Taylor Swift threatens to sue Etsy sellers – Business Insider
Taylor Swift is going to war with fans on Etsy
Feb. 6, 2015, 5:57 AM
Taylor Swift is cracking down on fans who are using the craft website Etsy to sell products with Swift’s trademarks, BuzzFeed reports.
The online marketplace allows users to sell their handcrafted goods — a kind of boutique eBay. It is popular with fan communities like Swift’s, and numerous T-shirts, pictures, candles and other items on the site are emblazoned with the singer’s image and lyrics.
But Swift has had enough, and she is issuing cease-and-desist letters to many sellers on the site.
It is important to note that Etsy doesn’t produce these items. Anyone can sell products on the site without prior approval from the company. But the company does have a duty to respond to objections and potential legal issues if it doesn’t want to be held responsible for potentially illegal content sold on its site. (It’s the same reason YouTube deletes copyrighted material from its site.)
At this point, there’s no indication that Swift is threatening to take legal action against Etsy.
One seller told BuzzFeed that fans saw themselves “as part of the artist’s story, however small. They want to contribute and be creative and have fun.” While fans acknowledge the artist’s intellectual property rights, the seller said, the action left them “with a bitter taste in our mouths. It feels as though we don’t matter, that our ideas and creations never belonged to us in the first place … And for other fans who make art, I’m afraid this is going to be the future.”
EtsySome of the Taylor Swift-themed products still available for purchase on Etsy.
As evidence of the purge, BuzzFeed points to a list of Taylor Swift-themed gifts it published in November. Only three of the 15 products from Etsy on the list remain on the site. A search of Etsy reveals there are still some Taylor Swift-themed products for sale — for now.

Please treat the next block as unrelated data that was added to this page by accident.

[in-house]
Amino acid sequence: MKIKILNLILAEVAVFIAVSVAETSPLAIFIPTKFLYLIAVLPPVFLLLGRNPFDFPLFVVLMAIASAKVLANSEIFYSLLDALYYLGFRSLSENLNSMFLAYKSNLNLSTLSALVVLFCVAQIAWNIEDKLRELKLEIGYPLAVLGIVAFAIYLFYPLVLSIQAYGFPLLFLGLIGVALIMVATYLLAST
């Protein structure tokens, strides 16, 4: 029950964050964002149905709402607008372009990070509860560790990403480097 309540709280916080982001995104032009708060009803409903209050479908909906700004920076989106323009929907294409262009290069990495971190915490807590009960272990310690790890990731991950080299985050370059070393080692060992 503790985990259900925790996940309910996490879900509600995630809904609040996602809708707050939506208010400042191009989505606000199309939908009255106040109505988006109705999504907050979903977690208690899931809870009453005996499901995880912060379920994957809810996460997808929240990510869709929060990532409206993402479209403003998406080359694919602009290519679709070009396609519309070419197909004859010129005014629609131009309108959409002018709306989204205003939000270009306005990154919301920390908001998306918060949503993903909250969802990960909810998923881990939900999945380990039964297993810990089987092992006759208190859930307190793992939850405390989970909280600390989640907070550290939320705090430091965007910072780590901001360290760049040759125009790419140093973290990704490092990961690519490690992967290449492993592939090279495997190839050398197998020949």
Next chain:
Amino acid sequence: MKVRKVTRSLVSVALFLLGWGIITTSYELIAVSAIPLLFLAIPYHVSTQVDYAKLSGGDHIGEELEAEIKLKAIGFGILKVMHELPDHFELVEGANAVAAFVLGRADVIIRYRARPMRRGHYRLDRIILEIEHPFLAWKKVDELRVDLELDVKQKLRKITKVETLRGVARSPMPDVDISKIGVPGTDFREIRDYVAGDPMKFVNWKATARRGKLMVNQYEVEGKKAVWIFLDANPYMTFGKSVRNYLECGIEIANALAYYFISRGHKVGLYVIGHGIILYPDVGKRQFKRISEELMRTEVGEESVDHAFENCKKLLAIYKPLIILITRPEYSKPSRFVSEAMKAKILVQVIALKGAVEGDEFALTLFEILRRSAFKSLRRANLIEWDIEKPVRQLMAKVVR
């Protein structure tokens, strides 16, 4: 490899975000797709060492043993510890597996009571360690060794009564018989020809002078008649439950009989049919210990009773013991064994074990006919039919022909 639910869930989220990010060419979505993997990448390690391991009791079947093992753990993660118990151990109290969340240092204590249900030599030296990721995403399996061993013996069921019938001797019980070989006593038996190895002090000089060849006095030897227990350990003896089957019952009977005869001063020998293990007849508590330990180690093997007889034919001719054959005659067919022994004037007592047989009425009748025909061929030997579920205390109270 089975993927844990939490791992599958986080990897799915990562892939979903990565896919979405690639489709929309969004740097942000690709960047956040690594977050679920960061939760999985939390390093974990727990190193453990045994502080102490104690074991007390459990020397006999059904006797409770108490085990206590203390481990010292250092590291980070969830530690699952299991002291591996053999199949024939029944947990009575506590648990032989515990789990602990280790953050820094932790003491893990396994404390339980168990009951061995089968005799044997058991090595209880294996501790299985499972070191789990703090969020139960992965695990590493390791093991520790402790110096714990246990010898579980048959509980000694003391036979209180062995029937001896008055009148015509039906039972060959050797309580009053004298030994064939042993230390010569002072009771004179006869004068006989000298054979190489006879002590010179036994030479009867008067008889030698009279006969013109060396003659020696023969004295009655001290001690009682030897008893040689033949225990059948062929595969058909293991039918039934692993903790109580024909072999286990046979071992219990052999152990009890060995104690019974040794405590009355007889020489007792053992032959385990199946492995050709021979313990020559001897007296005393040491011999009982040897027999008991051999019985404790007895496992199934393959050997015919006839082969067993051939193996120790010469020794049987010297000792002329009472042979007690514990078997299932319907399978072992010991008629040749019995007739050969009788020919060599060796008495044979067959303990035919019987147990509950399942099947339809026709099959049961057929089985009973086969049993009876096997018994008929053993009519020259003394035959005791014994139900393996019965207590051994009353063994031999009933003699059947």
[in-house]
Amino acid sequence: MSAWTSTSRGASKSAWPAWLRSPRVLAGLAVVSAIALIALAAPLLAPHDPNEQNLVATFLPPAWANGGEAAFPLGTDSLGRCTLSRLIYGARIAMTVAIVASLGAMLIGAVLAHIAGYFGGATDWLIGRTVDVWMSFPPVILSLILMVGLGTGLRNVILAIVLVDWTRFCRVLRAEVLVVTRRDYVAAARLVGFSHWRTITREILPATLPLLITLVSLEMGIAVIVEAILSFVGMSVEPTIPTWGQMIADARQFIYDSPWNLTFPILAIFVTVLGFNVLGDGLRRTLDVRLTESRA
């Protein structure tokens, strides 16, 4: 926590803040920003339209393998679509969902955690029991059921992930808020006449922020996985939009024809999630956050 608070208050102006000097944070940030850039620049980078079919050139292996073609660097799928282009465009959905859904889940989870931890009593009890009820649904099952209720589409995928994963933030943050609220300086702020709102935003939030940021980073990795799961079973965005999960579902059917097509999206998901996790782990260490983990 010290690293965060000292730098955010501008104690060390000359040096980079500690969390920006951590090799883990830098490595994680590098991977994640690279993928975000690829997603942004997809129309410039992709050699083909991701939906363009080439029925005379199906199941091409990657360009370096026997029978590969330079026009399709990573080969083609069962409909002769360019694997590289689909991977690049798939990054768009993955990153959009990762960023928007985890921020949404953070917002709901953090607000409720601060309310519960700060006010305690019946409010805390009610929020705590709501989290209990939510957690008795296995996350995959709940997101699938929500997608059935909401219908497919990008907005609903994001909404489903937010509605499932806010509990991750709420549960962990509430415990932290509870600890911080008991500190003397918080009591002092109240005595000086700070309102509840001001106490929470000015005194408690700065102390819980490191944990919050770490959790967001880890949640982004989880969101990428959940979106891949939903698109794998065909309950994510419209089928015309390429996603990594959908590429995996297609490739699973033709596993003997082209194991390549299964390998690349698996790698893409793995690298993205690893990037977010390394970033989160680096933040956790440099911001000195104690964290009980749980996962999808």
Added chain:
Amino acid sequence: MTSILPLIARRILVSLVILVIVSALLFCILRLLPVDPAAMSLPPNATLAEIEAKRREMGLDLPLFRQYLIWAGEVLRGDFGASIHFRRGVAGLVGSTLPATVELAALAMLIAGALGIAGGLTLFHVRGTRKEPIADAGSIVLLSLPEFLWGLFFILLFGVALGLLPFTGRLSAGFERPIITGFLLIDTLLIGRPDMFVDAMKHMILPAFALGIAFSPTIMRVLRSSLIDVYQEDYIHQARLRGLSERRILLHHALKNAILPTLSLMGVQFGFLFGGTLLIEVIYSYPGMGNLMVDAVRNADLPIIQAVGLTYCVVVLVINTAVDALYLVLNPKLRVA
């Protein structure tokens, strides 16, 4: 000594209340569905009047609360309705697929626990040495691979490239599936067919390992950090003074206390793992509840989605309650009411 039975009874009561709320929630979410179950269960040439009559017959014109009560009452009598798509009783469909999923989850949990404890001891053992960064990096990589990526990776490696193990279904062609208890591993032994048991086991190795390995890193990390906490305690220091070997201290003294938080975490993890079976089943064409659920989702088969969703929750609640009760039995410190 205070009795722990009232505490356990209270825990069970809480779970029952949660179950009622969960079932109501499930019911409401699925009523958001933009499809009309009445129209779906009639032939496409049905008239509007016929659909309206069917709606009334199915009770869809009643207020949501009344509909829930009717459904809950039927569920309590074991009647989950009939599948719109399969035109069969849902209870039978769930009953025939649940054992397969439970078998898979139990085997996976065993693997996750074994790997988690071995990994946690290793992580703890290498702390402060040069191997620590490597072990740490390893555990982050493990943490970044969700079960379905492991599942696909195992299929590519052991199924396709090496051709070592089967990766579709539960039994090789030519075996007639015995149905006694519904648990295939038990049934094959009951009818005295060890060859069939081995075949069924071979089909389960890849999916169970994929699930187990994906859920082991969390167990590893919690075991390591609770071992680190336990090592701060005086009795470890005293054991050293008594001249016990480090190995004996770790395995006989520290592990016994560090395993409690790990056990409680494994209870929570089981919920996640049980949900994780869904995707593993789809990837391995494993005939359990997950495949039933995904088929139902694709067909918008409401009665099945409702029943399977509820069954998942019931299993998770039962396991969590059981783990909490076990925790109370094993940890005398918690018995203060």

Another seller said she was “shocked” by the crackdown. “We didn’t feel as if it had become popular enough to cause harm to Taylor Swift’s empire … We didn’t even make enough money for a lawyer and this seemed like a harmless and fun idea.
“We grew a little angry and felt targeted by her camp,” she added.
It’s rare for Taylor Swift to anger her fans, even inadvertently. The singer goes to great lengths to cultivate and support her following, including sending hand-wrapped Christmas gifts and helping one fan to pay off her student loans.
But Swift is also cracking down on unauthorized uses of her personal brand. She recently applied to trademark several famous lyrics from her songs. These include “this sick beat” and “nice to meet you, where you been.” That could mean that she plans on releasing her own merchandise featuring those lyrics in the future. Swift has reportedly been taking some action against Etsy sellers before this, however. The earliest takedown notice BuzzFeed saw dates from 2013.
Celebrities can also have “personality rights” to their image and unauthorized reproductions of it, but this varies from jurisdiction to jurisdiction. In the UK for example, celebrities do not have a legal right to control the use of their image. But they can take legal action if a product is marketed in a way that suggests they have endorsed it. Rihanna, using this argument, won a long-running dispute with the retailer Topshop over a T-shirt with a photo of her on it.
Beyoncé had her own showdown with Etsy in January. The singer reportedly threatened to sue Etsy over mugs sold on the site with the word “Feyoncé” on them — a play on the words “Beyoncé” and “fiancé.”
Etsy has issued the following statement:
Because of privacy and legal concerns, we can’t verify specific information about who contacts us. However, I can share more information about our copyright and intellectual property policy:
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